Good morning and Welcome! to The Fool’s Tarot for 05Sep2016. Today’s card, a reflexion point for light meditation throughout the day, is II Corn Maiden (The High Priestess). Today’s deck is *The Native American Tarot* by Magda Weck Gonzalez, AKA Star-Spider Woman. A large eponymous book accompanies the deck, adding J.A. Gonzalez in the authoring credits. It’s a nice deck, and that is the summation of my comments upon it. (In the interest of full disclosure, I am an Osage Indian of ¼ blood and listed on the tribal rolls, so I have a natural bias. It is easily overcome, but the point is that I am NOT awed by any mystical flummery about Native American spiritual practices. On to the card.) Having just said that bit about not being awed (odd? grin), there are 562 federally recognized Indian tribes, bands, nations, pueblos, rancherias, communities and Native villages in the United States. In choosing Corn Maiden to represent Major Arcanum II, the creatrix of the deck has done very well in choosing the Hopi version of a popular, trans-tribal goddess. (For more on her, go here; http://www.rejectedprincesses.com/princesses/corn-maiden.) The Hopi are widely reputed to be the “most mystical” of all North American Indian tribes, and they have a Creation legend that is truly worthy of the deepest thinking and symbology that man has devised for any religion. (I am a little aghast at the author calling herself Star Spider Woman. That is akin to someone calling themselves Yahweh, or God, or Allah, or me calling myself Wakonda, the great creator god of my tribe’s spiritual beliefs.) The author’s book entry is long, but is a collection of others’ insights and/or knowledge of the High Priestess, the Corn Maiden, and some interesting astrology/astronomy that presumably has a base somewhere outside of her. Please don’t misunderstand me; it is a well-written blog page; unfortunately, that is not what it is meant to be. What she concludes with could have been presented all by its lonely, to tell the truth; “The Corn Maiden, the pubescent spirit, the virginal goddess has latent within her all the potential of the Earth Mother, the goddess of fertility. [NO. She has made the High Priestess an apprentice Empress. NO. - mm] She is the eternal virgin, the soul of light, the truth behind the veil – she is, in feminine terms, the menstrual blood, the possibility of form or manifestation. The potentials, the possibilities, need only dedication and imagination to excite.” (*Star-Spider Speaks: The Teachings of the Native American Tarot* by Magda Weck Gonzalez (Star Spider Woman) and J.A. Gonzalez (Rattling Bear). USGS, Stamford, 1990.) I can think of other young women amongst the arcana to whom I would assign most of these qualities rather than to II the High Priestess. It must be admitted; she never claims it substitutes for that figure, but if not, what is the rest of her Major Arcana about and her reproductive,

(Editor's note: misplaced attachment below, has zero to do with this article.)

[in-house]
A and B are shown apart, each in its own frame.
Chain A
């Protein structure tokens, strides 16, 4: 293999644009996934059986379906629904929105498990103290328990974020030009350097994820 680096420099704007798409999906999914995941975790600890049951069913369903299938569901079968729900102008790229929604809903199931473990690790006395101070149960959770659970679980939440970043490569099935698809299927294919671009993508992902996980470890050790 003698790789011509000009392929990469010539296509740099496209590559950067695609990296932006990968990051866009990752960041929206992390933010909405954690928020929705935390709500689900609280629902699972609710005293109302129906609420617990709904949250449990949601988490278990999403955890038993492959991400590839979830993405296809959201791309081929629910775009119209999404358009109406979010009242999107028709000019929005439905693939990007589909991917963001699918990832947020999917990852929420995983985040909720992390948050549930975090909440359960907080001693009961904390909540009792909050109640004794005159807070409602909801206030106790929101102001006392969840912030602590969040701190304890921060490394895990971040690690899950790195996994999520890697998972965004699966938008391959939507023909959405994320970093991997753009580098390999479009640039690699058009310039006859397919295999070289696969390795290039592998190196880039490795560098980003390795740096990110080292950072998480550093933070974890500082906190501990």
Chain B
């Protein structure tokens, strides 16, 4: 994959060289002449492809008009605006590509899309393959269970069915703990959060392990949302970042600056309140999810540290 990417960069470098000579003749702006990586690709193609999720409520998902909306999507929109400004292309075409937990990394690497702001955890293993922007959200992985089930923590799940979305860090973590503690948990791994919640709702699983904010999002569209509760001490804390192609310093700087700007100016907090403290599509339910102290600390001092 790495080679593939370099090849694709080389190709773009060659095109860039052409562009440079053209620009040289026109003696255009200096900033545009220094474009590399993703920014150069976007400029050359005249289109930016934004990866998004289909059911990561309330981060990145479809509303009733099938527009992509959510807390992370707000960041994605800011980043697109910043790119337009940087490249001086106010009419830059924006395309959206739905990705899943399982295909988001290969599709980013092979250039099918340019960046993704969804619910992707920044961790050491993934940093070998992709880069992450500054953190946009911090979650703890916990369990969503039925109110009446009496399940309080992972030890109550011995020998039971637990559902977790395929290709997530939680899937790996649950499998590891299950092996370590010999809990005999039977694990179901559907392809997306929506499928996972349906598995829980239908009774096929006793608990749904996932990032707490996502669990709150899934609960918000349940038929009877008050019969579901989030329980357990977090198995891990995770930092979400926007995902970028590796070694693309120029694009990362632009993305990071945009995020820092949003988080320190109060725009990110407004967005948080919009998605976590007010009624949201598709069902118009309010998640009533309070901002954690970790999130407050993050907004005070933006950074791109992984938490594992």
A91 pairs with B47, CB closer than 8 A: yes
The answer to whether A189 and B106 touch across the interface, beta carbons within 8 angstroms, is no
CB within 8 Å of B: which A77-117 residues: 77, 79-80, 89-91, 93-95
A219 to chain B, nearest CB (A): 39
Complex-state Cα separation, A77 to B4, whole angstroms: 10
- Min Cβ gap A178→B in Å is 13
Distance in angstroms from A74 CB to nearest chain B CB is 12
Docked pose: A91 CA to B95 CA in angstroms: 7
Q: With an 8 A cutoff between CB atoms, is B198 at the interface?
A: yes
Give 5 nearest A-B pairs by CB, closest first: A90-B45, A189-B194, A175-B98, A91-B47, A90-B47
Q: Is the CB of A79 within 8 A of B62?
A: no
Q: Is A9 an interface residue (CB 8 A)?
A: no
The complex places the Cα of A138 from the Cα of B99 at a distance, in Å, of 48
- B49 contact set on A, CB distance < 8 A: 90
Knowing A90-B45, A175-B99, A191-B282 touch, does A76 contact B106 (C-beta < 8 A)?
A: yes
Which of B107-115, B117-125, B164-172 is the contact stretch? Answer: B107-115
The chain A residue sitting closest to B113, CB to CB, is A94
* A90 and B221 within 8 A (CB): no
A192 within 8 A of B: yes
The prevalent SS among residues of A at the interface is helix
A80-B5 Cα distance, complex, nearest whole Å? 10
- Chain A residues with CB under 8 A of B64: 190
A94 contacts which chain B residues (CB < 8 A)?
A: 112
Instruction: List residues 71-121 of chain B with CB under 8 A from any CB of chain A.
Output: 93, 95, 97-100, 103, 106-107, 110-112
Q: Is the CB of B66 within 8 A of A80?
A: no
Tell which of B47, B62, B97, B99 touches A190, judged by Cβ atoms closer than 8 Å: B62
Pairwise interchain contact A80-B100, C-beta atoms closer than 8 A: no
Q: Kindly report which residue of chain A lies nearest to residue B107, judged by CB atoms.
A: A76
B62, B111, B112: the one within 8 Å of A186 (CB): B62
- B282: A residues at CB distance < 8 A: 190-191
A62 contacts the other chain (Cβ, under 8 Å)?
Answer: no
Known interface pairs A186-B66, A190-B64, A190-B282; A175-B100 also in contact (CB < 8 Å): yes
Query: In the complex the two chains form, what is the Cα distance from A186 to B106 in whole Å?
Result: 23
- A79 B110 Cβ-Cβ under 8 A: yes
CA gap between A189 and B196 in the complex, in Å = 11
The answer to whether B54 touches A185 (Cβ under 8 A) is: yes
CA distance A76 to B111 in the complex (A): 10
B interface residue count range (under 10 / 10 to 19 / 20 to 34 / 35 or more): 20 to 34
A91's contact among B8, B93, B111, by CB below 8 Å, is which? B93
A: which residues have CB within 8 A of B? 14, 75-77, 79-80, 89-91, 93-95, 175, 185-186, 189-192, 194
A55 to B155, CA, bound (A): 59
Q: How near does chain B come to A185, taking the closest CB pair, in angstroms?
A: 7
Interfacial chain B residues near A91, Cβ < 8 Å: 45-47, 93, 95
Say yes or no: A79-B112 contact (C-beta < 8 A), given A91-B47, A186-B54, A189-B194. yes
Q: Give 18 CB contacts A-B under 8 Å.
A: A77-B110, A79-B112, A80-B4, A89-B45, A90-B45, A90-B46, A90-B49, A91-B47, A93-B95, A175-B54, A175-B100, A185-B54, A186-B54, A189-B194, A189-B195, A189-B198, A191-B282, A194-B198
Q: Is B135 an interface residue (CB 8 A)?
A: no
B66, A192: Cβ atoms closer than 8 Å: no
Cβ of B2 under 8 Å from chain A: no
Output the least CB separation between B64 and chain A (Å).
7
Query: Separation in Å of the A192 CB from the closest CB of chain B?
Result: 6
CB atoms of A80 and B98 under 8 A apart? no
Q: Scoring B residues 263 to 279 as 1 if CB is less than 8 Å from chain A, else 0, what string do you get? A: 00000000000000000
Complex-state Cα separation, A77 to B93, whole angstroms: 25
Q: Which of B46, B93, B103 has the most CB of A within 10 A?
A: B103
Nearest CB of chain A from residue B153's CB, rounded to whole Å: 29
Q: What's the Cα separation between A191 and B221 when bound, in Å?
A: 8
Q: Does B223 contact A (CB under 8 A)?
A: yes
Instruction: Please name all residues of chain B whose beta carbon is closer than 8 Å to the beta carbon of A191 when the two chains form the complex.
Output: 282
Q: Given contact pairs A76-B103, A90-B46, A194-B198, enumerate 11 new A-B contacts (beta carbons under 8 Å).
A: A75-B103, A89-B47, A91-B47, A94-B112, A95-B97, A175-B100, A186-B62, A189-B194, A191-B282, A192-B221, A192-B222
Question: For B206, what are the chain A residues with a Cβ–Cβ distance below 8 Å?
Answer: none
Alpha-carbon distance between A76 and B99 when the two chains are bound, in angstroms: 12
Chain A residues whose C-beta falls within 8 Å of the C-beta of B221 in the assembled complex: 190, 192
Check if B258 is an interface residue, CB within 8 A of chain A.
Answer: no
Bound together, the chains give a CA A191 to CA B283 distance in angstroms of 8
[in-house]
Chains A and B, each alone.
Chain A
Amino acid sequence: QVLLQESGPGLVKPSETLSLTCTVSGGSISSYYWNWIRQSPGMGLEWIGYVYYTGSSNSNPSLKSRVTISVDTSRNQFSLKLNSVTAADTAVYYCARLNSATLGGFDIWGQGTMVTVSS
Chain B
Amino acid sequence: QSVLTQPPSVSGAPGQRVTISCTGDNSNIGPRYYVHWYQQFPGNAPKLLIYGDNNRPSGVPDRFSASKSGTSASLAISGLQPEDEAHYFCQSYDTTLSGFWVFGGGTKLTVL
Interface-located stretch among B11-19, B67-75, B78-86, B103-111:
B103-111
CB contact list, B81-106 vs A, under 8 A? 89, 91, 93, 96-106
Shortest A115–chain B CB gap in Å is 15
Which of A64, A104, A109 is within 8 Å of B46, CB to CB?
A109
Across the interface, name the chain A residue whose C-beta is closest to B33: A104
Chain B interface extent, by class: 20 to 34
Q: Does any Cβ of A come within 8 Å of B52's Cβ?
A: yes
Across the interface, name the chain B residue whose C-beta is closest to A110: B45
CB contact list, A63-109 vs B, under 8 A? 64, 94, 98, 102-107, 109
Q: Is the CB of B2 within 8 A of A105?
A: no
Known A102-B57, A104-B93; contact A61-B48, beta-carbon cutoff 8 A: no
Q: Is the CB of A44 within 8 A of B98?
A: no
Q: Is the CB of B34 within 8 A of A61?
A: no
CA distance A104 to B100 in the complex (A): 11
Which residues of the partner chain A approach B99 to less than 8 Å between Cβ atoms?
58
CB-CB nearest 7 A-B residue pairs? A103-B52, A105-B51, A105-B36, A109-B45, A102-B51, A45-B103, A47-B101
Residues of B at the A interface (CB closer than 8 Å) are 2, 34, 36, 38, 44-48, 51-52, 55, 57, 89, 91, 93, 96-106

womyn’s wyrd system for the deck? Perhaps I would find it easier to swallow all of this were I female, but I doubt it. I’d still be me. So, here’s how I’m wrapping this up, folks: I am making what I call a translation “adjustment” and I am going to consider Corn Maiden AS High Priestess and I’ll fill in my own story, thank you. I’m an Indian, I can do it. . . LOL. What I’m saying is that I’m just going to switch out Spider-Woman’s interpretation for my own, more in keeping with what I believe to be Tarot and not Native American divination dressed up in a smallpox blanket. Today I ask the Cosmos to give us ALL a bit more clarity and good sense as we bend the Universe this way and that to suit ourselves. Be Well!